However I can define $\lambda_{\pm} = \lambda_1 \pm i \lambda_2$ which a physicist would recognize as the raising and lowering operators and one can work out $[\lambda_+, \lambda_-] = \lambda_3$ and $[\lambda_{\pm}, \lambda_3] = \pm \lambda_{\pm}$ so that seems to give 3 linearly independent elements $\{ \lambda_+, \lambda_-, \lambda_3\}$ again (but now over $\mathbb{C}$). However, $\lambda_{\pm}$ is no longer an element of $\mathfrak{su}(3)$ (it is not hermitian).

Nevertheless I would still be able to say dim = 3 in both cases (though one is real and one is complex).

But I guess my question is, is such an equivalence a lucky coincidence or is there something more general at play?

[Title edited from Maximal to Minimal]

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It might be helpful to split up what you ask into two questions:

Question A. Given any Lie algebra $\mathfrak g$ (over any field $K$), and a set of elements $S = \{x_1, ..., x_n\} \subset \mathfrak g$, how to determine the Lie subalgebra $A(S, \mathfrak g)$ of $\mathfrak g$ generated by $S$, i.e. the smallest Lie subalgebra of $\mathfrak g$ which contains $S$?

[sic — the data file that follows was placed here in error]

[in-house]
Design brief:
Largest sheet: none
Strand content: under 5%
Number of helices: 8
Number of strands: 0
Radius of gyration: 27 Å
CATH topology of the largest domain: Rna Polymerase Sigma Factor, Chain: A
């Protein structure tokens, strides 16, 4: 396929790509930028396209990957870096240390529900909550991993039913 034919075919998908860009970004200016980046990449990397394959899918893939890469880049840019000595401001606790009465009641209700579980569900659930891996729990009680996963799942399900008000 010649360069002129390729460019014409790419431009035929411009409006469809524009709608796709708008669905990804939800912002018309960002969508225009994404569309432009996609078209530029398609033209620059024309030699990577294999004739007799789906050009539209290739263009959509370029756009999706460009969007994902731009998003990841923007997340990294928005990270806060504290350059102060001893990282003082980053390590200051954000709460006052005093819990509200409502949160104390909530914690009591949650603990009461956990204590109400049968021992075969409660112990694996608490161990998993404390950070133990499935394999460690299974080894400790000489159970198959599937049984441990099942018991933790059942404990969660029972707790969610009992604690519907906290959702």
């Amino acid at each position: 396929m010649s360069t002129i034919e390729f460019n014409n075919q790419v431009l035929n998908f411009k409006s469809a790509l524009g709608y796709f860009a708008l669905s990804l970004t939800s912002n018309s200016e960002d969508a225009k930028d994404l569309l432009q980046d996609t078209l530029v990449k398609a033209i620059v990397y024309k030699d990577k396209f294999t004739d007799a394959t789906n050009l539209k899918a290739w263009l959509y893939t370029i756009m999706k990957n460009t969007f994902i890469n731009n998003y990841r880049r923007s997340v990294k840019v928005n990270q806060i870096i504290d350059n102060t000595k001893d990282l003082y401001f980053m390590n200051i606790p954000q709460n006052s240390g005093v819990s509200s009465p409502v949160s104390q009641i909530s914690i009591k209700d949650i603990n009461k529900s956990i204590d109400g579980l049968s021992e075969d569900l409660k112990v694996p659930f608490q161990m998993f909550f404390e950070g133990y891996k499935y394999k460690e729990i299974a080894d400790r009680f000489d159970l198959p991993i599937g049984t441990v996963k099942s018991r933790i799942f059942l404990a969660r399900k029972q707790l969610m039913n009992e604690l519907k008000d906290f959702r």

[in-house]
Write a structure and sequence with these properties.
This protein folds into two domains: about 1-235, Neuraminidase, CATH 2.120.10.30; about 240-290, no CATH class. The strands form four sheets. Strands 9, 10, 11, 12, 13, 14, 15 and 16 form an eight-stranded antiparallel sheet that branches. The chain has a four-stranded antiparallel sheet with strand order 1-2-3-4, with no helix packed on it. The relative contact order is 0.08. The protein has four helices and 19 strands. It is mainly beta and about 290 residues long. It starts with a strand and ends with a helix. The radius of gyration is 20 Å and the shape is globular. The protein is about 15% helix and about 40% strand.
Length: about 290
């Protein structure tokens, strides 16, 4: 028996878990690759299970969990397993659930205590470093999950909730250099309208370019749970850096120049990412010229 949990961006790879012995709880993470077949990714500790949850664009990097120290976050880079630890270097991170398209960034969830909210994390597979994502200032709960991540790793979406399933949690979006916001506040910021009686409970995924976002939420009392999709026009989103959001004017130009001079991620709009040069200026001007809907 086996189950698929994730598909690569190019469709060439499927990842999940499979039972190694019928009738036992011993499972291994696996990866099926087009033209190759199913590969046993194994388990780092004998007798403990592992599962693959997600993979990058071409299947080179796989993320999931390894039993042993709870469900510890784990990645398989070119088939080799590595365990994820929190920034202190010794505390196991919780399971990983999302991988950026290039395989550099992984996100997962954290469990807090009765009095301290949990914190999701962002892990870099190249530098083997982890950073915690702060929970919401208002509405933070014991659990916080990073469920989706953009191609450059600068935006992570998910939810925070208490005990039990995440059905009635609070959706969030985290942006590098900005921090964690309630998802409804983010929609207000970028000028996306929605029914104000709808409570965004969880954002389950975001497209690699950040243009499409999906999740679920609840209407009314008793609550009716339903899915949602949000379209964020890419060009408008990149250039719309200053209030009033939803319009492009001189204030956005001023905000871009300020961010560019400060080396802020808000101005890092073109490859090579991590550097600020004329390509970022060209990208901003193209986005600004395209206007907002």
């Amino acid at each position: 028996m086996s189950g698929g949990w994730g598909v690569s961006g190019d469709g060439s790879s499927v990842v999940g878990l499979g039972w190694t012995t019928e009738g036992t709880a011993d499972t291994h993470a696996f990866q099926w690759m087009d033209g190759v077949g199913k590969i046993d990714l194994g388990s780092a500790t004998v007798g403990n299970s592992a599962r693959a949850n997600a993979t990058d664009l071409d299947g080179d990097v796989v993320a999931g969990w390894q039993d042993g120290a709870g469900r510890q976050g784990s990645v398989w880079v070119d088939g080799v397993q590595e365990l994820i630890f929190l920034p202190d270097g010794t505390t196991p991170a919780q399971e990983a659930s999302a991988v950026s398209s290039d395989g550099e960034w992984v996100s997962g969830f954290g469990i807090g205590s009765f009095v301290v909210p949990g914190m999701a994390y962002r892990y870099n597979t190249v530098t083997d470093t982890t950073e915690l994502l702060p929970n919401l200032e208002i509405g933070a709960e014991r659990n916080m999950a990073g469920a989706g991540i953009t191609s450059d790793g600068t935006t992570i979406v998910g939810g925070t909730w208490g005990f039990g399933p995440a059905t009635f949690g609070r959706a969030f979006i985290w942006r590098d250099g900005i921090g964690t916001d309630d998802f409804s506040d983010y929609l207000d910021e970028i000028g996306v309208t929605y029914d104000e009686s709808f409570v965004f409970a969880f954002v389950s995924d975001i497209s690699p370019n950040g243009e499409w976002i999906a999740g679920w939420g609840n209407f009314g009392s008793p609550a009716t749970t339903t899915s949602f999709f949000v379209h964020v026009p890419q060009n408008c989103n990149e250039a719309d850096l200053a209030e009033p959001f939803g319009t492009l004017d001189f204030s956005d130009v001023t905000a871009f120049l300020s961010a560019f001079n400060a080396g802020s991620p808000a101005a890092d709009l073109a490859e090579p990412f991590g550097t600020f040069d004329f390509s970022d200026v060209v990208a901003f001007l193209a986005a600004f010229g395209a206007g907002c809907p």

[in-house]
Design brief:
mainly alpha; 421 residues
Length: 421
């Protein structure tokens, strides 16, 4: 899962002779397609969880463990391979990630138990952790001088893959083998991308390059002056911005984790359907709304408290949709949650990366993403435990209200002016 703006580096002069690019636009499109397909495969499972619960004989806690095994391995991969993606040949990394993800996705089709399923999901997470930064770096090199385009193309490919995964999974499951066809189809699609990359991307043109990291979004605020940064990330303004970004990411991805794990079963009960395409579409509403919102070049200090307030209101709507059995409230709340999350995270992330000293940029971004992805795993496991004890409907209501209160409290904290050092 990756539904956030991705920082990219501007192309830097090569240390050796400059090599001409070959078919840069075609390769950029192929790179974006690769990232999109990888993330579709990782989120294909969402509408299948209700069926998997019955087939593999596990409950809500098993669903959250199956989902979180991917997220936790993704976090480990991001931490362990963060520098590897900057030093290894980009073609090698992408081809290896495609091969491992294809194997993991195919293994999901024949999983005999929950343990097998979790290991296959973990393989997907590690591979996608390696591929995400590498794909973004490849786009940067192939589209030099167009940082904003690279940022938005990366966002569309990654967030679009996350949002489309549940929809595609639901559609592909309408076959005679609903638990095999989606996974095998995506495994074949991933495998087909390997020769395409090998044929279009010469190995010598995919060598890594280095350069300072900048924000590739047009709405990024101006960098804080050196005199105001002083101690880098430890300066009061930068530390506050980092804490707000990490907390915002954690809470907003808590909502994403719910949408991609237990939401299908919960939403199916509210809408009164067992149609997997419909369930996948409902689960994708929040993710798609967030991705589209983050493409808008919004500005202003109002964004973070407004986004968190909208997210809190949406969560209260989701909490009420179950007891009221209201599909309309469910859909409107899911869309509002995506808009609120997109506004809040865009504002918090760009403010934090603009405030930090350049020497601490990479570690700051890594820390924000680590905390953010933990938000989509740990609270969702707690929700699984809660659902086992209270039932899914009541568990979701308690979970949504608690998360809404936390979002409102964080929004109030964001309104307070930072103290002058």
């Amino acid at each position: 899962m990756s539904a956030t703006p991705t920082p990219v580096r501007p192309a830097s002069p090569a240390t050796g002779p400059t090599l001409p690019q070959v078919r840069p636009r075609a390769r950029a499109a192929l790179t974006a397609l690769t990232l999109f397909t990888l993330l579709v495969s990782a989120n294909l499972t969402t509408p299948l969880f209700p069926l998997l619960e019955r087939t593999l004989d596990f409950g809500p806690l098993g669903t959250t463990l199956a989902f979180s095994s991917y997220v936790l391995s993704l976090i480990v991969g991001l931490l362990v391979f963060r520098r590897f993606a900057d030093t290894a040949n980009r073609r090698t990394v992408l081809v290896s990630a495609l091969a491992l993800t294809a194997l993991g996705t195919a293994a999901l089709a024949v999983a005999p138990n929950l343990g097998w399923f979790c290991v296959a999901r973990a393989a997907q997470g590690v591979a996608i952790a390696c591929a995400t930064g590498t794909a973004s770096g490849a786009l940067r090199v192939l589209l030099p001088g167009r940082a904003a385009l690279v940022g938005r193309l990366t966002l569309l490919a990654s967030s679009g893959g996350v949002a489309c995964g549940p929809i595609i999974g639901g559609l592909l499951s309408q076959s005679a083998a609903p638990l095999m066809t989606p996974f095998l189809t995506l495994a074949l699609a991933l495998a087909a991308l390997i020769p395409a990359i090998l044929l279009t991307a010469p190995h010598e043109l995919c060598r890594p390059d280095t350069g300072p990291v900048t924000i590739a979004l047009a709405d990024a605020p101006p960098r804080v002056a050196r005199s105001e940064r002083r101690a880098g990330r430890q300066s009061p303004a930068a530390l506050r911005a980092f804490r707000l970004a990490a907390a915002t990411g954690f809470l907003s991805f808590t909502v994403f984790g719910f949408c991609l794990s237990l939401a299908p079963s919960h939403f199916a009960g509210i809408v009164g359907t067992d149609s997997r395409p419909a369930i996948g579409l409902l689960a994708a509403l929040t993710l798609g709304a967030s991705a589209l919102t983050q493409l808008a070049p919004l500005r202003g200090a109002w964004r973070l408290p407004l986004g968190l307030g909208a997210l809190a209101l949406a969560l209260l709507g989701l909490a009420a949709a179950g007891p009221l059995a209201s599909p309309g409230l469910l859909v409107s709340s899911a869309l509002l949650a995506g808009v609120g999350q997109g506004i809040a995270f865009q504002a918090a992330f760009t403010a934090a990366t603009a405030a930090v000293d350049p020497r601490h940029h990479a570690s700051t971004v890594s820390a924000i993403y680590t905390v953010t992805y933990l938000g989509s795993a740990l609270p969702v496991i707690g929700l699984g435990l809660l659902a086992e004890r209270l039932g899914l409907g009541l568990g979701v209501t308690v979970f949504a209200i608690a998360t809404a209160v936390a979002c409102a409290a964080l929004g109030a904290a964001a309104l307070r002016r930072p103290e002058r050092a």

Answer: Not easy except in trivial cases (e.g. if all elements of $S$ commute with each other, in particular if $\lvert S \rvert =1$). In principle, the formal description of all elements of $A(S, \mathfrak g)$ as linear combinations of finite nested commutators gives an algorithm, but this might quickly become computationally bothersome. Cf. Computational procedure to find the basis of a Lie algebra generated by a finite collection of operators, open question Fastest way to find the dimension of a Lie algebra generated by a finite set of operators?.

I do not see how specifying $K= \mathbb R$ would significantly alter or simplify this problem compared to any other infinite field. With the big exception of there probably being more known classification in the literature.